In this section:Overview- Intent- Implementation- Impact
Year GroupsEYFSYear 1Year 2Year 3Year 4Year 5Year 6
SubjectsWriting & SpellingReading & PhonicsHandwritingMathsScienceReligious EducationPE & SportHistoryGeographyArt & DesignDesign & TechnologyMFLComputingMusicCitizenshipExtra-Curricular Activities
Overview - Implementation
Evident in our lessons is:
Good teacher subject knowledge: Our teachers have good subject knowledge of the subjects they teach and subject leaders provide effective training and support where required.
Clear, detailed explanations and modelling: Teaching is very clear, WALTs (What we are learning today) and success criteria are used to provide clarity for the children and to scaffold their learning. We also use teacher and pupil modelling and questioning alongside class instructions to engage the children in different activities. Modelled work is displayed in the classroom for children to refer to.
Effective talk: At Stone, we explicitly teach discussion techniques such as phrase starters, questions, turn-taking patterns. We also teach the children how to agree, disagree, support, challenge, clarify and summarise. This means that talk is more productive.
Strategies to meet the needs of identified groups i.e. SEN, EAL, disadvantaged children and the most able pupils: Teachers use subject progression documents to ensure that the curriculum is taught progressively, builds upon prior knowledge and gaps are filled if needed. Adaptations are made to lessons, where required, to ensure all children may access the learning and progress. We use a ‘Keep Up’ not ‘Catch up’ approach so that children do not fall behind.
Educational visits and enrichment activities to develop cultural capital: We bring children’s learning to life through planned experiences including ‘Wow Days’ which may be a trip, hands-on experience or a really exciting visitor that will ignite the children’s desire to learn and bring their learning to life. This makes learned content both memorable and engaging.
Skilful teacher questioning: Teachers use skilful questioning to systematically check learning, identify misconceptions and provide clear, direct feedback. To support assessment, we use a variety of questioning strategies which enable us to direct questions to individuals where necessary, or use a ‘no hands up approach’ to allow children to contribute freely. Responses allow teachers to adapt teaching if necessary. To check understanding at a deeper level, class teachers probe for reasoning and clarification, and, as children move further up the school, they are taught to give full, detailed and reasoned responses. Strategies to help pupils remember: The teaching of knowledge and skills is sequential and builds on prior learning. All lessons begin with retrieval strategies i.e. Flashback 4, which focus on content from previous year, previous topics, as well as the current topic, enabling learning to be moved into the long-term memory. Mind maps are used at the start of topics/units of work to help children retrieve previous learning and at the end of a topic to assess what has been learnt. Knowledge organisers are used in some subjects to support learning by clarifying key knowledge, skills and vocabulary. Metacognitive strategies – The opportunity for children to plan, monitor and evaluate their won learning.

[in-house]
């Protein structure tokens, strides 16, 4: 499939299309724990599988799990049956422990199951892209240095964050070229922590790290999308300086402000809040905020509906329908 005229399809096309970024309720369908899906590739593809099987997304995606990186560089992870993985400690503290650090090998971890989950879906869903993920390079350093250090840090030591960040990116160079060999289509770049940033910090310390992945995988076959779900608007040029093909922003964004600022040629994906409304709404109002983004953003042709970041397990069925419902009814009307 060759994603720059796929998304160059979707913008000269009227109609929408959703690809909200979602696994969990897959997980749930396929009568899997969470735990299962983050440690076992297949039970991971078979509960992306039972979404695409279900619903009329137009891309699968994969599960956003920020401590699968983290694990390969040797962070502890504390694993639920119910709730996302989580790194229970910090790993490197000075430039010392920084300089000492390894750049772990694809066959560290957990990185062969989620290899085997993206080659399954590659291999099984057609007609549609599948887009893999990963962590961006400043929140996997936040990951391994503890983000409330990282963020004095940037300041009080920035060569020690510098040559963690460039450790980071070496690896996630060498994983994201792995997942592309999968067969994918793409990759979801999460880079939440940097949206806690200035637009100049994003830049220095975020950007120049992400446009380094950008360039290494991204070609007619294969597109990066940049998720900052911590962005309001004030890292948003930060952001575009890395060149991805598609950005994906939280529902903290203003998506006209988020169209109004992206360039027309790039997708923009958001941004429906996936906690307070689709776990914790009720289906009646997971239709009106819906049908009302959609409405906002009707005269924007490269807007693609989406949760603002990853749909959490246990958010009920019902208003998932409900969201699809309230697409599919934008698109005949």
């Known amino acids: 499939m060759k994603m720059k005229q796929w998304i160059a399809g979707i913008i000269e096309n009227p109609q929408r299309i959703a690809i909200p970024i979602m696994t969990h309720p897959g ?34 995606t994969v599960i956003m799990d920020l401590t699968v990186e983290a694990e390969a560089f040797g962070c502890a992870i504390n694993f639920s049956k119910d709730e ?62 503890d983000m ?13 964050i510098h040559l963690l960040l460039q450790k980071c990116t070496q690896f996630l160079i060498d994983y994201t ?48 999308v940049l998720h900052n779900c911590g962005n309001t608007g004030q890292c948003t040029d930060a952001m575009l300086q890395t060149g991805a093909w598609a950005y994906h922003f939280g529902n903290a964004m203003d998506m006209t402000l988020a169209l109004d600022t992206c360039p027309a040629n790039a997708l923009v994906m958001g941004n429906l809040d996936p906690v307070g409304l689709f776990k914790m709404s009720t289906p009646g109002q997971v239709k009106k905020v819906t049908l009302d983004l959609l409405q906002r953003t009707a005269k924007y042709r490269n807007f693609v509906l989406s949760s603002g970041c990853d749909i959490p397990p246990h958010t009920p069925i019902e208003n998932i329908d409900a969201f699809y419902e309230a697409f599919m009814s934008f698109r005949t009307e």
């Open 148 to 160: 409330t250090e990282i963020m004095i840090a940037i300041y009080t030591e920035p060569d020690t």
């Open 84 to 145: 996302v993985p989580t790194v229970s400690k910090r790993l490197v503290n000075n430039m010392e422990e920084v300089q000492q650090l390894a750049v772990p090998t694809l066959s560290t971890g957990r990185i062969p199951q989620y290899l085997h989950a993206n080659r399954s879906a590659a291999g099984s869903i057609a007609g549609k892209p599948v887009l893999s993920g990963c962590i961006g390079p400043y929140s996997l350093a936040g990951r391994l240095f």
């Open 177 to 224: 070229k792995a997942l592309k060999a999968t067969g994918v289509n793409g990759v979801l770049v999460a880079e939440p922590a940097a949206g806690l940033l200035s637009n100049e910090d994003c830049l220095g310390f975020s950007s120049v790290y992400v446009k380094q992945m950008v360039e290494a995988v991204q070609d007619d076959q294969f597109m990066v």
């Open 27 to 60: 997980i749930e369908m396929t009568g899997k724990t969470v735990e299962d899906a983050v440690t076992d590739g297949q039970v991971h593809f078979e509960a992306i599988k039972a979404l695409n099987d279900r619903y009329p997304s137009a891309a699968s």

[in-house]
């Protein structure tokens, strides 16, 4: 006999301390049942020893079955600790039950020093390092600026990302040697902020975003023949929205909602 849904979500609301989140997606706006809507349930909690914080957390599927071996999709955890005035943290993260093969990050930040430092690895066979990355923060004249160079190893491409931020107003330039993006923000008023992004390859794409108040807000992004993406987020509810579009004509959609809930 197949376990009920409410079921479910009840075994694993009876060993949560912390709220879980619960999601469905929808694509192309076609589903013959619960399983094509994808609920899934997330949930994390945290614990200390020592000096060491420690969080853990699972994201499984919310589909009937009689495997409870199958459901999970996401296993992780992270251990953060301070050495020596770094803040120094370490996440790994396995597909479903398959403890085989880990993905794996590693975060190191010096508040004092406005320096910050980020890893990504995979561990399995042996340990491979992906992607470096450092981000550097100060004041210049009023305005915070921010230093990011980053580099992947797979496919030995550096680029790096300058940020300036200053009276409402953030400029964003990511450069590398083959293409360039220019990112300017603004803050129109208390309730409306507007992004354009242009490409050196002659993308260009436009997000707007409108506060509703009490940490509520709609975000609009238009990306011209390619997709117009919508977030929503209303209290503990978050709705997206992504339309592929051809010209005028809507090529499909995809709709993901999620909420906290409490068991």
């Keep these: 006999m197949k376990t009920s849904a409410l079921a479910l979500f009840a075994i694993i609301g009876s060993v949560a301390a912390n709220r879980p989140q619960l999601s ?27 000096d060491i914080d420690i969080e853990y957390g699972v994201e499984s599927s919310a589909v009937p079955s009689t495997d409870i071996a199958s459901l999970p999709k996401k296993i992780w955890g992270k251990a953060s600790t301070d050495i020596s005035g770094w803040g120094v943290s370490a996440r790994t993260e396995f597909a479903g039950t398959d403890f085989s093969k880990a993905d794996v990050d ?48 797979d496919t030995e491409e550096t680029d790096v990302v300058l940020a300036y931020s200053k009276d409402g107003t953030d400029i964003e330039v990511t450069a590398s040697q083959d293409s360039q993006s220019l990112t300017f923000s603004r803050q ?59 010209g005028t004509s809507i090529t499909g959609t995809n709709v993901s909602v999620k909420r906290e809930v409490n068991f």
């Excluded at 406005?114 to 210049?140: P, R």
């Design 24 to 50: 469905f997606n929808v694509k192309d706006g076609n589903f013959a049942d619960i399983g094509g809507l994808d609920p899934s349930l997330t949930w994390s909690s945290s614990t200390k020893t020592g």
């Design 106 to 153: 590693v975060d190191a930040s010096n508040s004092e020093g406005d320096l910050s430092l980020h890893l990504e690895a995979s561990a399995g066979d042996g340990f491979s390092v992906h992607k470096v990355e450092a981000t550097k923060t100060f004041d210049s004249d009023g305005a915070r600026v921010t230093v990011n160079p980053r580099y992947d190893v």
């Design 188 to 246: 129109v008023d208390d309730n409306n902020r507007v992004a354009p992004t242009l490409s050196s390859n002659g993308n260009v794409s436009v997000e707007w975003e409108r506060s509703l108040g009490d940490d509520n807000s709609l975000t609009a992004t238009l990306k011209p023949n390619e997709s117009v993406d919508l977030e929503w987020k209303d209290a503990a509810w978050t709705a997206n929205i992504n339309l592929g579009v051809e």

Resilient, independent learners: Using our Skills for Life principle, we teach children to be responsible for their learning, reflective, resourceful, resilient and ready to learn. Growth mindset strategies are also implemented in classes. These strategies are based on the work of Carol Dweck and include: teaching the value of challenge; giving feedback which highlights the values of planning and trying different learning strategies and the growth mindset concept of not being able to do something ‘yet’. Children’s question driving questions in lessons.
An effective learning environment: teachers provide a learning environment filled with resources that allow the children to focus on learning. Ever changing learning walls provide scaffolds, vocabulary and prompts to support the learning that is happening in the class at that time reflecting the ambitious intentions or our coherently planned curriculum. Quality schemes are used in some subjects to avoid an unnecessary workload for staff. These schemes support our ambitious intentions for a curriculum which is sequenced towards cumulative sufficient knowledge and skills for future learning and employment and include: Charanga for music, Switched On Computing, SCARF for PSHE and Amaven for PE.
A rigorous approach to the teaching of reading: We use Read Write Inc. Phonics which is a DfE-validated systematic synthetic phonics programme which is designed to ensure progress for every child. This is taught from the beginning of Reception. Children learn to read sounds and blend them into words. They apply this phonic knowledge to read and comprehend story books that are carefully matched to the sounds they know. Children learn to read these books with a storyteller’s voice. Frequent assessment ensures that any pupil who is falling behind is quickly identified so that targeted support canbe given immediately. As children’s reading develops we encourage children to read broadly. We teach reading as a priority across all year groups including through cross-curricular reading opportunities which have planned teaching objectives. We carefully select texts and resources to inspire, engage, challenge and promote discussion. We read to children daily.
Vocabulary Development: We develop vocabulary by reading to children in a way that excites and engages them. We also introduce, teach and use pre-planned subject specific and technical vocabulary across the curriculum (star words).